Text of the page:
Dante said:

"The Financial Newshour was rather confusing."

Davos said:

"Jim lets them talk, and then lets us pick."

Is it possible that Puplava has no preference for the direction of the market?

PFS Group manages over $250 million for more than 900 clients (as of December 31, 2008).  

Is it possible that Puplava's advise is going to allow you and your grandparents to frontrun Goldman Sachs?

Puplava mantra--paraphrased; just slightly: "Buy buy buy gold!" And now he's suddenly saying...?

"Guard ye from the man of silver [gold] tongue, for though he sootheth thy soul, he stealeth thy wife."

 

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cannotaffordit
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Re: Questions about the Collapse ?

 I have what might sound like a couple of dumb questions. (and I'm a pretty well read guy)

(1)  What exactly is going to cause "the collapse?"  Will it be when enough funny money has been put into circulation that the U.S.$  will be completely worthless, and bread will be $15,000 a loaf or more ?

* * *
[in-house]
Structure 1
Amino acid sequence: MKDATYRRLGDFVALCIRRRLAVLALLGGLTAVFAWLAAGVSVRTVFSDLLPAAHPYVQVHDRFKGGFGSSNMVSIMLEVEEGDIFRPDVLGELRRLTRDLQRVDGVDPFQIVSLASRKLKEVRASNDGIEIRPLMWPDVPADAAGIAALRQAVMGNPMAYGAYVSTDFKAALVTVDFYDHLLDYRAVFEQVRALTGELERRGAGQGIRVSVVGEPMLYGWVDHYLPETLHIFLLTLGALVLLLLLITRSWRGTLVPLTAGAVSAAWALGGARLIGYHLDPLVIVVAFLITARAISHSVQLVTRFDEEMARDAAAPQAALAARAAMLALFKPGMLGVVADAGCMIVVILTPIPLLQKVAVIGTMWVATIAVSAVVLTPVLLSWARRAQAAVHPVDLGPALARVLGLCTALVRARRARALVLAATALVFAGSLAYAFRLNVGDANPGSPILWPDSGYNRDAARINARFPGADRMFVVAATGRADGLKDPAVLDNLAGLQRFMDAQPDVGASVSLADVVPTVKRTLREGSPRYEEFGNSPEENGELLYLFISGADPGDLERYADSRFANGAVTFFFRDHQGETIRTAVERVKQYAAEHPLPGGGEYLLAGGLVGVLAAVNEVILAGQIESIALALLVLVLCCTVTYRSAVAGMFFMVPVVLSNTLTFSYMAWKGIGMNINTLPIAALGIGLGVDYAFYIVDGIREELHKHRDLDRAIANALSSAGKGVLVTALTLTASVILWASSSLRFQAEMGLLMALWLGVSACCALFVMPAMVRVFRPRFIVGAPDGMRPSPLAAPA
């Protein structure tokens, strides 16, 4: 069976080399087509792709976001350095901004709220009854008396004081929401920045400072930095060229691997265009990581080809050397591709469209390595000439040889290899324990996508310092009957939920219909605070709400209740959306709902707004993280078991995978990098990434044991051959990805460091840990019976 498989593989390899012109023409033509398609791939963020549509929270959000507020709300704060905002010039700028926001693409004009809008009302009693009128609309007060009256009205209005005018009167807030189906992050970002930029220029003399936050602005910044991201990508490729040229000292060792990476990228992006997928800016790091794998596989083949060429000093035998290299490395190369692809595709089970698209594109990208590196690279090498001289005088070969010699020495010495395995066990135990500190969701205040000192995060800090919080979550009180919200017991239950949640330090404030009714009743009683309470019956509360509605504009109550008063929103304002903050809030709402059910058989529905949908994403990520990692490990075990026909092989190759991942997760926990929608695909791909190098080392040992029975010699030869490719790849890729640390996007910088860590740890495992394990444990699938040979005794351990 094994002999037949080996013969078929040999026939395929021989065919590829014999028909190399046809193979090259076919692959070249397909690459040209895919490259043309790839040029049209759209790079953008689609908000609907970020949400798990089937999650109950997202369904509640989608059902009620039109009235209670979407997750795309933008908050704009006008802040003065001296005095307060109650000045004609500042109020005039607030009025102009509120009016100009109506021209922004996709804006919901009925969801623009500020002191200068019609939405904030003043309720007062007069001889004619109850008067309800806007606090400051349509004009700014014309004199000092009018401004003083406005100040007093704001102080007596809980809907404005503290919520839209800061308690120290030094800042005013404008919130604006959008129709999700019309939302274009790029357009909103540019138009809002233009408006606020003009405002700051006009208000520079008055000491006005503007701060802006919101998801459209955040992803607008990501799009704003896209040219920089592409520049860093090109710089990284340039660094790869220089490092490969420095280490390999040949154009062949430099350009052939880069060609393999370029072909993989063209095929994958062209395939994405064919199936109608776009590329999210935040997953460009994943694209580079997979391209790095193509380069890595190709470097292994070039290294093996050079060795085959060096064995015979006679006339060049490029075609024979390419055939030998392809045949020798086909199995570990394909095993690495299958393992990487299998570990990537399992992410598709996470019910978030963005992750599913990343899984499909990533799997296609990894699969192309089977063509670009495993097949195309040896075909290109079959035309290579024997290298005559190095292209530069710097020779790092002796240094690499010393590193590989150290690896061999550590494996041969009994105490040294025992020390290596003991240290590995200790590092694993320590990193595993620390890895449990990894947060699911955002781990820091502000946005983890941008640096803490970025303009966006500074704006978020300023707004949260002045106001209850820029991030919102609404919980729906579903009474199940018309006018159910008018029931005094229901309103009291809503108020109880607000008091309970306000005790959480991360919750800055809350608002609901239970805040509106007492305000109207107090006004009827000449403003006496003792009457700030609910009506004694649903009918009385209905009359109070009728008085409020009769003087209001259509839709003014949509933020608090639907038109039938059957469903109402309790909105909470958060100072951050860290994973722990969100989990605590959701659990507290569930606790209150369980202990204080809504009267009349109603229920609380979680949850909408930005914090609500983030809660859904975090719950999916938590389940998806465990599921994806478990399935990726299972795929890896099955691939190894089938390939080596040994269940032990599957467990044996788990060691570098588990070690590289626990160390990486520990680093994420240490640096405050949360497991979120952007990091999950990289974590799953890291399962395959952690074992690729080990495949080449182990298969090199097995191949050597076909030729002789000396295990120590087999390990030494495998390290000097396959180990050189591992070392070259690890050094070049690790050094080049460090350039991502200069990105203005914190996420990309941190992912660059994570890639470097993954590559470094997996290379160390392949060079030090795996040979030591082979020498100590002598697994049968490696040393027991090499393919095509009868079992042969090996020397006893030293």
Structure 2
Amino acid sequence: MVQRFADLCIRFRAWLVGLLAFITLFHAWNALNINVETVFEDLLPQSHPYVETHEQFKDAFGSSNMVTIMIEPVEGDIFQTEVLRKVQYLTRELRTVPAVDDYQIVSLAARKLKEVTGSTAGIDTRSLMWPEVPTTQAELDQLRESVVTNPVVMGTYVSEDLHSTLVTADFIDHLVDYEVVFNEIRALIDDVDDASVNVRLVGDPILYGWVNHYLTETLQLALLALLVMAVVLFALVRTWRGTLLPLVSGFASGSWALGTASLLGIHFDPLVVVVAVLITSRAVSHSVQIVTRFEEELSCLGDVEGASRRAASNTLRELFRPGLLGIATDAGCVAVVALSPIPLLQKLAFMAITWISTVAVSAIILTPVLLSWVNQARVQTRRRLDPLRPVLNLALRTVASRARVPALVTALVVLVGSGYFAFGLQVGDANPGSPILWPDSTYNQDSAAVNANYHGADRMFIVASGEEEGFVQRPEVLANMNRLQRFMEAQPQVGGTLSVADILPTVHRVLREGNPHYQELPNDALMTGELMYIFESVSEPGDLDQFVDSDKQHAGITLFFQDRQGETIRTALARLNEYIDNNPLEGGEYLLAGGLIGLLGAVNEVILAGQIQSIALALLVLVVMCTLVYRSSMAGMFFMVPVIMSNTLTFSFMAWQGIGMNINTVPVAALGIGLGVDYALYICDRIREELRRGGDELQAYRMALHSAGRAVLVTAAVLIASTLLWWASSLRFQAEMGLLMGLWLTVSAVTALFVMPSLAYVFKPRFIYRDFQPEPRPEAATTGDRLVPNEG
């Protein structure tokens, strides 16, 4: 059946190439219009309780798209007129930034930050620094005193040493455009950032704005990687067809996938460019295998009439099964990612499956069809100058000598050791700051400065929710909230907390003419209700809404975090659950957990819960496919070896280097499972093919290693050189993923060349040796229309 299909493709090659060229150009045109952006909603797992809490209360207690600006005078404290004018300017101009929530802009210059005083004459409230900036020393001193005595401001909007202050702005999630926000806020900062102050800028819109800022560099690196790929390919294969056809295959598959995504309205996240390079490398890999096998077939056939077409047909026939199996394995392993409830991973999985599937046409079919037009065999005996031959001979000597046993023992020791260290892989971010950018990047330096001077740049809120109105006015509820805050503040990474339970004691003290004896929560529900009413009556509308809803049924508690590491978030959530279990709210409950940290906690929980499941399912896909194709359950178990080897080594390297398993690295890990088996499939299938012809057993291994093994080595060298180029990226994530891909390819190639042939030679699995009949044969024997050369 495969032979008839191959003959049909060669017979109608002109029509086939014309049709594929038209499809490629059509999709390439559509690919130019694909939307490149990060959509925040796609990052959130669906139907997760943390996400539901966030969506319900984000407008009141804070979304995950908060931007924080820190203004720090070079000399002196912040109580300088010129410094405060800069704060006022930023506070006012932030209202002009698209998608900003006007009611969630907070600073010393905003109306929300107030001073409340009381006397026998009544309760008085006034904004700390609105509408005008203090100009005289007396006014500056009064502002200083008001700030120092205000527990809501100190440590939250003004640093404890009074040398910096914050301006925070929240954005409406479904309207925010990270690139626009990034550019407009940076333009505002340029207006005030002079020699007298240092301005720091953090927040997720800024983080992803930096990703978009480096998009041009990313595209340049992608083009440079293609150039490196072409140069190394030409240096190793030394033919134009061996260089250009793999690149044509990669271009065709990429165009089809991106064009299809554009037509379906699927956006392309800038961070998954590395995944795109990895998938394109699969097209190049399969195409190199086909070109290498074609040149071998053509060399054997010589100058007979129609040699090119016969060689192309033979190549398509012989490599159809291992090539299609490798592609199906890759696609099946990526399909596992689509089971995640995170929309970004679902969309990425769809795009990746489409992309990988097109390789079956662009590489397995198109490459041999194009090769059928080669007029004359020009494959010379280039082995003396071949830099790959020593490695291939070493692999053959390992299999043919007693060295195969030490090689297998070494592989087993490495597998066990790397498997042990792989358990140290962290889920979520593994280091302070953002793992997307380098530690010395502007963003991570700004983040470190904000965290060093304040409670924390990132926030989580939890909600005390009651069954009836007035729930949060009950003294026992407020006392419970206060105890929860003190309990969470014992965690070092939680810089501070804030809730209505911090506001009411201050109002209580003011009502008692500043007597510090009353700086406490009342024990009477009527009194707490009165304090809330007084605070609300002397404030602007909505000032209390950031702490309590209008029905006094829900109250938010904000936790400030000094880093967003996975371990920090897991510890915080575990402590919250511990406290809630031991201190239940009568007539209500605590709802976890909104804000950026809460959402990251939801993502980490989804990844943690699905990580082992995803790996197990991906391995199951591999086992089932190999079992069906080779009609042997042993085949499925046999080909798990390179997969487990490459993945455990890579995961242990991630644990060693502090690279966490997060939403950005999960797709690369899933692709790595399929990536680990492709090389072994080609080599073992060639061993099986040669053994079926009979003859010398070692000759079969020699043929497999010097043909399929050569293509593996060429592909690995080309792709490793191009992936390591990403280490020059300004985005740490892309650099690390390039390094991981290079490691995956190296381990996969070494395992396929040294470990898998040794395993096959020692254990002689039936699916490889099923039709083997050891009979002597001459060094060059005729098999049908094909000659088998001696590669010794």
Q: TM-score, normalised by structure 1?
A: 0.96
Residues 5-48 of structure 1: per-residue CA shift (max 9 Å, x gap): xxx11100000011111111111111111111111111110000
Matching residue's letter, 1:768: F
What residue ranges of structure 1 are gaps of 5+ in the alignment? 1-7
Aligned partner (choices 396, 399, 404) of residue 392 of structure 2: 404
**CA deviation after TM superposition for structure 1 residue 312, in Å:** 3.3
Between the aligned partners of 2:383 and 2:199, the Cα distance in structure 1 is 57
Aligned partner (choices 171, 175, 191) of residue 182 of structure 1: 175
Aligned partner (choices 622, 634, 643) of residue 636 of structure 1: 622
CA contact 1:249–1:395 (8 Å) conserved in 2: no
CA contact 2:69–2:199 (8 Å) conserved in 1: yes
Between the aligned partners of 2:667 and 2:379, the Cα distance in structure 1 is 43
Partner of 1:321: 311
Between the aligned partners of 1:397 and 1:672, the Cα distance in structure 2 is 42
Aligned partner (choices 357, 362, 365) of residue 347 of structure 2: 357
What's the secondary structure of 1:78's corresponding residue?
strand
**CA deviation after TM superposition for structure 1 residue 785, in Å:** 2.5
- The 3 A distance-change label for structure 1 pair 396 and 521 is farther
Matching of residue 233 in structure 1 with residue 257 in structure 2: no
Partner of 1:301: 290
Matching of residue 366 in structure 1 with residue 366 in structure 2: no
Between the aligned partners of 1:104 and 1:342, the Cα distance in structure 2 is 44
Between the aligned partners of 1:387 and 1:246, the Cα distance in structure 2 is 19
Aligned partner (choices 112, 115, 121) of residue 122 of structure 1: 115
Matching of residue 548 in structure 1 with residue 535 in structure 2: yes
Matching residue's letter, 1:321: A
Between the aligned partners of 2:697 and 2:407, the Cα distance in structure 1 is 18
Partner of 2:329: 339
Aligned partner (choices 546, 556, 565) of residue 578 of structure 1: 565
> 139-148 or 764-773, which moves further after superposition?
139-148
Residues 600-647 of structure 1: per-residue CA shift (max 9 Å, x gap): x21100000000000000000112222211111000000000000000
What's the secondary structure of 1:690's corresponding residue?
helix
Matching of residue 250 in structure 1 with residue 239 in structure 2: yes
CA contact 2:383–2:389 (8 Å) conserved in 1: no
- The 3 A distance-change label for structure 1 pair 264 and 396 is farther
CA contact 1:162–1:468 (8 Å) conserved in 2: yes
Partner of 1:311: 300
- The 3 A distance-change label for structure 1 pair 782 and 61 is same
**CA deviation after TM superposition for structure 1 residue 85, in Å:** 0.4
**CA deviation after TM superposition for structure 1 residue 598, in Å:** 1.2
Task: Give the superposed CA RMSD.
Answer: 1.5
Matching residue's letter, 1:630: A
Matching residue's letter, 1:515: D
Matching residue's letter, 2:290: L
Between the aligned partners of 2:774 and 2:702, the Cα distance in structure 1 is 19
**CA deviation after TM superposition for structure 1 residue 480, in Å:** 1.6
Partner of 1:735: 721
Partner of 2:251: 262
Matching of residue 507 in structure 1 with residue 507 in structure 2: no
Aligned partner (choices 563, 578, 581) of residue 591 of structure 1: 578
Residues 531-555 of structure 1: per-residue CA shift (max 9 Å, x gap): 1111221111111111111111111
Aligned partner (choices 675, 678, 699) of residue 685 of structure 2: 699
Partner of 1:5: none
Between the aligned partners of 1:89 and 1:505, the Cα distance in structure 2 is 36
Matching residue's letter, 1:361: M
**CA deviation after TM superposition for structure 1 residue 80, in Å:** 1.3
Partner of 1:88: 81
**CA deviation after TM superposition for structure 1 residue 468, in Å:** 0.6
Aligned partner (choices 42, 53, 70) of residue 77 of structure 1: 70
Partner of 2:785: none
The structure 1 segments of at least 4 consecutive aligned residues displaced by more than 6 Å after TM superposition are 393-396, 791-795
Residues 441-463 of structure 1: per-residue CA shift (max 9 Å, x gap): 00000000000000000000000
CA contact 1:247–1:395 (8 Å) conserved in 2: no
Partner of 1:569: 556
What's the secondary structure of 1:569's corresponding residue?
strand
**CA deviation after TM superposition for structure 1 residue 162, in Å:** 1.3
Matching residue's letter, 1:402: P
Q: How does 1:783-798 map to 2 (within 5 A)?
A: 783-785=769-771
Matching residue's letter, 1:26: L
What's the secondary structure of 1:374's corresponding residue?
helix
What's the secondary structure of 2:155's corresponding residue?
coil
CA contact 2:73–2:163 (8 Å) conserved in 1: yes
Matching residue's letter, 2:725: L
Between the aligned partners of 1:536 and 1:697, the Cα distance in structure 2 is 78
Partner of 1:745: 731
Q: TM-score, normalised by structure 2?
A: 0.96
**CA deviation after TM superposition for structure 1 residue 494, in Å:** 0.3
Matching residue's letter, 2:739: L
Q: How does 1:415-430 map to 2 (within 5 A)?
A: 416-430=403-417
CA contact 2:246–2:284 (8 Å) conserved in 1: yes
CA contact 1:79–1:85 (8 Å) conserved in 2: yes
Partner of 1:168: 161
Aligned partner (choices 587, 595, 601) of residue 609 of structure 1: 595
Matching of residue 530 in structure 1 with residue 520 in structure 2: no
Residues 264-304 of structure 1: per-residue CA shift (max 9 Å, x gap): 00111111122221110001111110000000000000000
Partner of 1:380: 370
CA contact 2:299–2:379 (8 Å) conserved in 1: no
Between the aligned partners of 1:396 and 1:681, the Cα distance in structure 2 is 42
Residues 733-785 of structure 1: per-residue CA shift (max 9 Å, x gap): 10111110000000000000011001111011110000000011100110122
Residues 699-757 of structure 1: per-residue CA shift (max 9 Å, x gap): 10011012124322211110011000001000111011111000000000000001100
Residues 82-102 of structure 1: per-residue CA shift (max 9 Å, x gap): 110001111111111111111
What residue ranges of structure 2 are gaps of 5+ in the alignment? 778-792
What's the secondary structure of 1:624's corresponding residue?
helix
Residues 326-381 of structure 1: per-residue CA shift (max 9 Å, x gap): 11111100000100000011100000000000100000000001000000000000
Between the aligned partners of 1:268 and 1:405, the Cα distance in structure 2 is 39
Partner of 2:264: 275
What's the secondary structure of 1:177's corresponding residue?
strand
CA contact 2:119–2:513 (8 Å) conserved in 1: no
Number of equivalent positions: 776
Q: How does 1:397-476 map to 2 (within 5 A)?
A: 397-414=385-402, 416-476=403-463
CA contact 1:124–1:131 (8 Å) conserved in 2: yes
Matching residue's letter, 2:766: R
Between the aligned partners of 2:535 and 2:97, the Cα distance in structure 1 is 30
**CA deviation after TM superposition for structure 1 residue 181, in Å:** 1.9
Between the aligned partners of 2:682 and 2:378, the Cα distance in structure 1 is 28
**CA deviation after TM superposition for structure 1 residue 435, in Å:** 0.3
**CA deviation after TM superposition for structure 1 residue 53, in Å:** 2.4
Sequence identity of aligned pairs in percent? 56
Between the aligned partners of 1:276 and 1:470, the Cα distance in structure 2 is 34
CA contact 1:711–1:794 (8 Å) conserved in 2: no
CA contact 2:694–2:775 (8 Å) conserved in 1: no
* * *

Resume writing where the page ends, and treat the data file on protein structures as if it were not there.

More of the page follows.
(2)  With the national debt growing exponentially, (and nothing I read tells how it will ever be paid off, but it'll just keep growing and growing)........who will (who can) "call the note?"  

(3)  And, if they do call the note, what can they do if they don't get paid?  Really?

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strabes
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Re: Daily Digest - August 10

Ben, 

1) My bet is eastern Europe collapse will be seen as the trigger for the next phase of the collapse...but it will cause an intense flight to $, not the $ collapse people are expecting.  It will actually have less to do with E Europe fundamentals than it will simply be the next phase of the global credit collapse...the next pendulum swing back to global risk-aversion.

2) For those in the matrix, the simplistic answer is Asia.  But of course reality is that it's the international bankers playing the central bank game at BOC, BOJ, and the asian primary dealers (not to be confused with actual Asian citizens, Asian countries, etc).  Or another group that could effectively call the note would be the people actually obligated to pay it--americans.

3) If the former, i.e. bankers, answering this question leads into what this site calls conspiracy theory so I can't really answer it.  If the latter, i.e. americans say "nope," well that's the beginning of the american renaissance as we return to a republic, fire the DC / Wall St empire government, and put an end to banker rule.